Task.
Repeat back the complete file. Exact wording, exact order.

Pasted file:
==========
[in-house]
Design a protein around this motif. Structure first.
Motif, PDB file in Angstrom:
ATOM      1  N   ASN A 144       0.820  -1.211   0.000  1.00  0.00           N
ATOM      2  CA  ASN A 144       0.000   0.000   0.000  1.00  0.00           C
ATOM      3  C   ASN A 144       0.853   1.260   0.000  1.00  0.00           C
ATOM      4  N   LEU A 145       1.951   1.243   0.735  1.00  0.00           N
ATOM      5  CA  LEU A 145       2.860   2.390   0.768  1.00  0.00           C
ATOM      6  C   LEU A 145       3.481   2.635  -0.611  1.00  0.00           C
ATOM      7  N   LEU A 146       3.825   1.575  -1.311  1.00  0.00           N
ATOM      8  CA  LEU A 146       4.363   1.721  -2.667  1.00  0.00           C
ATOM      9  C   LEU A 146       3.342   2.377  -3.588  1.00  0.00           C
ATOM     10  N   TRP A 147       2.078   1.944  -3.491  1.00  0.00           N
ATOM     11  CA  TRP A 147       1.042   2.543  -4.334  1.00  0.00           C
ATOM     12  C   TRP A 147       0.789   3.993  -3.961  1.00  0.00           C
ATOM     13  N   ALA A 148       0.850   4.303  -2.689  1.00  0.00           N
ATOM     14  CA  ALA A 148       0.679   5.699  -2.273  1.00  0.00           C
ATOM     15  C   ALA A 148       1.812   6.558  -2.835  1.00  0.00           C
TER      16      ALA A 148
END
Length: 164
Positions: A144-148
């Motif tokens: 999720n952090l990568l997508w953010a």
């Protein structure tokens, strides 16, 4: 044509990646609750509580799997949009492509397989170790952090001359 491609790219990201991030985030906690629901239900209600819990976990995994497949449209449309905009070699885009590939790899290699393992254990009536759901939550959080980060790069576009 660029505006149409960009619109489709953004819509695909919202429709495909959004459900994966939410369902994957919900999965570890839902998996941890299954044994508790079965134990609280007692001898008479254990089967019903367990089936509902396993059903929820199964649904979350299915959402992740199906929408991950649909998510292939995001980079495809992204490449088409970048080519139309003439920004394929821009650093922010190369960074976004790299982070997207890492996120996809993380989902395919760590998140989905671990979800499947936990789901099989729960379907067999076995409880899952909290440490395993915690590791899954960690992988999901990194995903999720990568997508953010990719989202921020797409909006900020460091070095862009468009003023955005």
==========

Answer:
[in-house]
Design a protein around this motif. Structure first.
Motif, PDB file in Angstrom:
ATOM      1  N   ASN A 144       0.820  -1.211   0.000  1.00  0.00           N
ATOM      2  CA  ASN A 144       0.000   0.000   0.000  1.00  0.00           C
ATOM      3  C   ASN A 144       0.853   1.260   0.000  1.00  0.00           C
ATOM      4  N   LEU A 145       1.951   1.243   0.735  1.00  0.00           N
ATOM      5  CA  LEU A 145       2.860   2.390   0.768  1.00  0.00           C
ATOM      6  C   LEU A 145       3.481   2.635  -0.611  1.00  0.00           C
ATOM      7  N   LEU A 146       3.825   1.575  -1.311  1.00  0.00           N
ATOM      8  CA  LEU A 146       4.363   1.721  -2.667  1.00  0.00           C
ATOM      9  C   LEU A 146       3.342   2.377  -3.588  1.00  0.00           C
ATOM     10  N   TRP A 147       2.078   1.944  -3.491  1.00  0.00           N
ATOM     11  CA  TRP A 147       1.042   2.543  -4.334  1.00  0.00           C
ATOM     12  C   TRP A 147       0.789   3.993  -3.961  1.00  0.00           C
ATOM     13  N   ALA A 148       0.850   4.303  -2.689  1.00  0.00           N
ATOM     14  CA  ALA A 148       0.679   5.699  -2.273  1.00  0.00           C
ATOM     15  C   ALA A 148       1.812   6.558  -2.835  1.00  0.00           C
TER      16      ALA A 148
END
Length: 164
Positions: A144-148
């Motif tokens: 999720n952090l990568l997508w953010a």
């Protein structure tokens, strides 16, 4: 044509990646609750509580799997949009492509397989170790952090001359 491609790219990201991030985030906690629901239900209600819990976990995994497949449209449309905009070699885009590939790899290699393992254990009536759901939550959080980060790069576009 660029505006149409960009619109489709953004819509695909919202429709495909959004459900994966939410369902994957919900999965570890839902998996941890299954044994508790079965134990609280007692001898008479254990089967019903367990089936509902396993059903929820199964649904979350299915959402992740199906929408991950649909998510292939995001980079495809992204490449088409970048080519139309003439920004394929821009650093922010190369960074976004790299982070997207890492996120996809993380989902395919760590998140989905671990979800499947936990789901099989729960379907067999076995409880899952909290440490395993915690590791899954960690992988999901990194995903999720990568997508953010990719989202921020797409909006900020460091070095862009468009003023955005």